Official Review: Resurrection Lily by Amy Byer Shainman
4 out of 4 stars
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In 2013, actress Angelina Jolie's editorial, "My Medical Choice," was featured in the New York Times. Jolie disclosed the shocking news that after testing positive for BRCA1, she opted to have a prophylactic mastectomy. Subsequently, Jolie also had her ovaries removed. "By sharing that she had her ovaries, fallopian tubes, and breasts removed, Angelina Jolie has had an impact on women on so many levels, forcing us to redefine womanhood and beauty." In Resurrection Lily: The BRCA Gene, Hereditary Cancer & Lifesaving Whispers from the Grandmother I Never Knew: A Memoir, Amy Byer Shainman chronicles her journey and educates readers regarding genetic testing, counseling and preventative measures.
This informative book is a must-read for everyone with a history of cancer in their family; those who carry the BRCA gene mutation have an overwhelming 85 percent chance of developing breast cancer. Shainman stresses the importance of being informed and trusting your intuition. After her sister, Jan, had surgery for ovarian cancer and learned about genetic testing, Shainman realized that her grandmother, Lillian, who had died at 33, also had breast cancer. Shainman was referred to a certified genetic counselor and tested positive for the BRCA1 gene. With raw honesty, Shainman articulates coming to terms with her decision to have a prophylactic "preventative" mastectomy. She has since become an advocate for educating those with the BRCA gene and provides firsthand insight and guidance for navigating preventative care. Throughout the book, Shainman reflects on the intuitive guidance she feels from her grandmother despite having never known her.
Although it contains content of a serious nature, there is a lot to like about this well-written book. First, it provides a wealth of information; this can be comforting to readers who are high-risk for certain cancers. Also, Shainman strikes the perfect balance between relating firsthand medical expertise and voicing the emotional rollercoaster involved. Whether she is reflecting on the value of heeding intuition, documenting a surgical consultation, or dealing with anger, Shainman transparently tells it like it is.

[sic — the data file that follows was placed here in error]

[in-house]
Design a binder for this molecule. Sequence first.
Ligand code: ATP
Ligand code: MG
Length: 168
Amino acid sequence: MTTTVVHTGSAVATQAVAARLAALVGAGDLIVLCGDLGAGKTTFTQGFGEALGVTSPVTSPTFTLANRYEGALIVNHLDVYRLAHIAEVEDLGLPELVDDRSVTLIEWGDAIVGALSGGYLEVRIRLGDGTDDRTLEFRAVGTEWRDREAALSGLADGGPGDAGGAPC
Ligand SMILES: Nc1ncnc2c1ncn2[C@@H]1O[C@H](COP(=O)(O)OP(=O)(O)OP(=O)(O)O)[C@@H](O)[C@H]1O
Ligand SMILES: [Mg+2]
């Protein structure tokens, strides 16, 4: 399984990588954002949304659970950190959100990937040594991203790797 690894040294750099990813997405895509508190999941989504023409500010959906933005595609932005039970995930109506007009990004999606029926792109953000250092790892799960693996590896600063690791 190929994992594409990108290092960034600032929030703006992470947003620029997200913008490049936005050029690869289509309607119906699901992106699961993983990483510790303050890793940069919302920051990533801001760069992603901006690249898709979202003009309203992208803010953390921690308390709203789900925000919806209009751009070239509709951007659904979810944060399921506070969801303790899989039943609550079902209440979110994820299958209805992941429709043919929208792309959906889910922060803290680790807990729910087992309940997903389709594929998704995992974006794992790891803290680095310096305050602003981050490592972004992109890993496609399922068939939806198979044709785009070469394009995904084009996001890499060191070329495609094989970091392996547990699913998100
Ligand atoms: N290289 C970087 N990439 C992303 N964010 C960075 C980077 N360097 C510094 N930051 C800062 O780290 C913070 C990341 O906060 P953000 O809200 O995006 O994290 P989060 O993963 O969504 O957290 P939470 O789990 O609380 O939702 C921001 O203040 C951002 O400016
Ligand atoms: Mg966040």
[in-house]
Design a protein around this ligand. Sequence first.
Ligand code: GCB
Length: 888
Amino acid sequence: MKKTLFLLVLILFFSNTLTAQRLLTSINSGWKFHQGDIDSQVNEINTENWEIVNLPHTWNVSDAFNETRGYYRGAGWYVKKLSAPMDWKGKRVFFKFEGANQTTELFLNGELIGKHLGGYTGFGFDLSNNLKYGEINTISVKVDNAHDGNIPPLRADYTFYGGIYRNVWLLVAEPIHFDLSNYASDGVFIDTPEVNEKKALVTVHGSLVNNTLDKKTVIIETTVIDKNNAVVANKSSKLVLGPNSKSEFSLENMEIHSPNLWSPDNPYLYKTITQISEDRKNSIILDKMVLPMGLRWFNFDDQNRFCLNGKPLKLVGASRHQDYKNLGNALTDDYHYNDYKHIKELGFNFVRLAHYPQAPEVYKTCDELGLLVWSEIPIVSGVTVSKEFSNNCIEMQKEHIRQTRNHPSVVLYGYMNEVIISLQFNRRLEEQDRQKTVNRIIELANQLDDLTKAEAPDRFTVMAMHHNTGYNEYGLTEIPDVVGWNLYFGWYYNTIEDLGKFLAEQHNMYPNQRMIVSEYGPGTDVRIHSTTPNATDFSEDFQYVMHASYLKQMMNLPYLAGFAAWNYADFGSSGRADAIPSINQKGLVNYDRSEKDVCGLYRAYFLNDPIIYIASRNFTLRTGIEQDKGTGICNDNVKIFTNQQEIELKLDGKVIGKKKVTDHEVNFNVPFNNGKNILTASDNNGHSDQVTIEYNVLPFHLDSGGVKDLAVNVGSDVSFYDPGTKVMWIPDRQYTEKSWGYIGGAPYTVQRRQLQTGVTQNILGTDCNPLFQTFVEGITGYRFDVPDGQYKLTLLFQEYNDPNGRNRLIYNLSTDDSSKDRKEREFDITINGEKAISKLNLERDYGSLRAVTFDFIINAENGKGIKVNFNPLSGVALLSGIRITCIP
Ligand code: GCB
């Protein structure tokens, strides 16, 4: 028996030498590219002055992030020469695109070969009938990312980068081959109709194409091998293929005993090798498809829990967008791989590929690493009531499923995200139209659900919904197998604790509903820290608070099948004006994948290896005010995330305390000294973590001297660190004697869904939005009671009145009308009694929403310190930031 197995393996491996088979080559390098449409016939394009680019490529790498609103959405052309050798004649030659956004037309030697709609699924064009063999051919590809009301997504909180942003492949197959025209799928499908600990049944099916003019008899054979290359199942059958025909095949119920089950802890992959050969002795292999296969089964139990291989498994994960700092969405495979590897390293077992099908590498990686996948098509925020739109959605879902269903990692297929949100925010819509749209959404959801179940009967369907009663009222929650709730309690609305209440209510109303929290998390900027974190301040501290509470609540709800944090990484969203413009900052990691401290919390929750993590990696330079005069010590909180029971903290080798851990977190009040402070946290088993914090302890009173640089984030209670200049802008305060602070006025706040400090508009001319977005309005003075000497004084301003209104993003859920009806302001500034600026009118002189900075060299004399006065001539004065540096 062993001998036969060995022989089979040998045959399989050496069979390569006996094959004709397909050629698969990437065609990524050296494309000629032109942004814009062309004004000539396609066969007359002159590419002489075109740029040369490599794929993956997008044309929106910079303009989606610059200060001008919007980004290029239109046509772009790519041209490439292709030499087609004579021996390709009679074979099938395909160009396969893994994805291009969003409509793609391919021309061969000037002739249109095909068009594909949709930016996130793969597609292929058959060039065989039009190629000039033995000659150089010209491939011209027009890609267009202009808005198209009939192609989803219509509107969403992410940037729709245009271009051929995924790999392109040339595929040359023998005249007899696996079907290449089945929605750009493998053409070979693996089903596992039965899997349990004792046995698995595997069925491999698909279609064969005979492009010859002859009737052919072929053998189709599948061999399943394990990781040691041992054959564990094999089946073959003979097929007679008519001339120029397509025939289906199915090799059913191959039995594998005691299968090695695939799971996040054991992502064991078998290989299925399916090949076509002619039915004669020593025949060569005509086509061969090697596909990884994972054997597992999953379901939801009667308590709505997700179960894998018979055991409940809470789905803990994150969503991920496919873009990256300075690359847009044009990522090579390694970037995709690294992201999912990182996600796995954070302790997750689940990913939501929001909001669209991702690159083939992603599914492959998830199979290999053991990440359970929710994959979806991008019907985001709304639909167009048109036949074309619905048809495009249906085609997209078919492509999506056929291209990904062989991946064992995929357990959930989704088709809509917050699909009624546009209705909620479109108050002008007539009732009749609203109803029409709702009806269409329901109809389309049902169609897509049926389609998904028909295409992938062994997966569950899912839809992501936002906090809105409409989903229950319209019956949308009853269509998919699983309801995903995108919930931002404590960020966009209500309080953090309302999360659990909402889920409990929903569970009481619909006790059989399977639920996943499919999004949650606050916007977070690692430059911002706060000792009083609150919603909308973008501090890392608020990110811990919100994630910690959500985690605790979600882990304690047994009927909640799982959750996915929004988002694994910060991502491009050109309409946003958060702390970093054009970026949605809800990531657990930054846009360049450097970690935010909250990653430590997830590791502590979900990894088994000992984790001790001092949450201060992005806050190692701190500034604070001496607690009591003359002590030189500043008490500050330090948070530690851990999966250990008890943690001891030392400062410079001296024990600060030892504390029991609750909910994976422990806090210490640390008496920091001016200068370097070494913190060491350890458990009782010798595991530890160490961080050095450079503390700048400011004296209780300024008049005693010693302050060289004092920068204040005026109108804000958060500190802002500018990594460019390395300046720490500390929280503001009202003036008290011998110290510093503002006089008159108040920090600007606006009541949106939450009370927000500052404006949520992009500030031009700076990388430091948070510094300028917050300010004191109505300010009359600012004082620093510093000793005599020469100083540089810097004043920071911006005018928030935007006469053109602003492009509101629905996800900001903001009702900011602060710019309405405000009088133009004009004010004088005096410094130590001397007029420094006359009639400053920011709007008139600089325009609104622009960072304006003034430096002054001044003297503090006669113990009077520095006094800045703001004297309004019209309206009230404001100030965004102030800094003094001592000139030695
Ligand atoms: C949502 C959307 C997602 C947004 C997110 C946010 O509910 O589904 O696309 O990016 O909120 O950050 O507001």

One of my favorite aspects of the book is the engaging manner that Shainman creates awareness for the BRCA gene and hereditary cancer. Years before Angelina Jolie's disclosure made headlines, Gilda Radner died of ovarian cancer. In the chapter "Gilda and Norene," Shainman poignantly compares the deaths of the popular comedian and one of her mother's close friends. These vivacious women loved life but died at an early age; she recalls the impact both of their deaths had on her. Shainman also remembers the panic she felt for her sister who experienced similar symptoms to those of Radner. "I knew that there were breast cancer survivors, but I had not heard of an ovarian cancer survivor." The message is powerful and leaves a lasting impression.
Another aspect I enjoyed was Shainman's touching portrayal of her relationship with her sister. Shainman recalls looking up to her older sibling and how safe she felt sleeping in "Sista's" bed. Sisters, in general, share a special bond, but it seems their shared diagnosis has strengthened their relationship all the more. I also appreciated the clever symbolism throughout the book. In addition to the title, sections and chapters are named with references to flowers and gardens. For example, "Part V: Reflection Pond" includes letters and lessons, and "Part IX: Gardeners" is about doctors and counselors.
I didn't note a single error, and I can't I think of one thing I disliked about the book. Therefore, I am pleased to rate it 4 out of 4 stars. I recommend the book to readers who want to learn more about hereditary cancer, genetic counseling, and the BRCA gene.
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